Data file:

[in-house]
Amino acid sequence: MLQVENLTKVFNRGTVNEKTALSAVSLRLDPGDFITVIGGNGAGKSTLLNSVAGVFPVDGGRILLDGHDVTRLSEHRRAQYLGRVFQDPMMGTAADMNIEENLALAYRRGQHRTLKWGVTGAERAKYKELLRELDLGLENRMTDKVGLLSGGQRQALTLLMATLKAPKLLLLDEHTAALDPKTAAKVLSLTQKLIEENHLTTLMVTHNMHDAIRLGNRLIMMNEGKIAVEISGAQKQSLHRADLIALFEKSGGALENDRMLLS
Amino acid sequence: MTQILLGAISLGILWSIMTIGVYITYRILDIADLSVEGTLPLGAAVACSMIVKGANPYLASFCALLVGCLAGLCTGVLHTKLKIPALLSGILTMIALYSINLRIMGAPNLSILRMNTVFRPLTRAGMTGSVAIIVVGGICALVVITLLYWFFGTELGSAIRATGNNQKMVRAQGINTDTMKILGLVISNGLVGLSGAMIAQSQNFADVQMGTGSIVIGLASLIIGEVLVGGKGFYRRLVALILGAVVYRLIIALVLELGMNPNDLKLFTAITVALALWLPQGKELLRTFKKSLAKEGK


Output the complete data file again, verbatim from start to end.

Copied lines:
[in-house]
Amino acid sequence: MLQVENLTKVFNRGTVNEKTALSAVSLRLDPGDFITVIGGNGAGKSTLLNSVAGVFPVDGGRILLDGHDVTRLSEHRRAQYLGRVFQDPMMGTAADMNIEENLALAYRRGQHRTLKWGVTGAERAKYKELLRELDLGLENRMTDKVGLLSGGQRQALTLLMATLKAPKLLLLDEHTAALDPKTAAKVLSLTQKLIEENHLTTLMVTHNMHDAIRLGNRLIMMNEGKIAVEISGAQKQSLHRADLIALFEKSGGALENDRMLLS
Amino acid sequence: MTQILLGAISLGILWSIMTIGVYITYRILDIADLSVEGTLPLGAAVACSMIVKGANPYLASFCALLVGCLAGLCTGVLHTKLKIPALLSGILTMIALYSINLRIMGAPNLSILRMNTVFRPLTRAGMTGSVAIIVVGGICALVVITLLYWFFGTELGSAIRATGNNQKMVRAQGINTDTMKILGLVISNGLVGLSGAMIAQSQNFADVQMGTGSIVIGLASLIIGEVLVGGKGFYRRLVALILGAVVYRLIIALVLELGMNPNDLKLFTAITVALALWLPQGKELLRTFKKSLAKEGK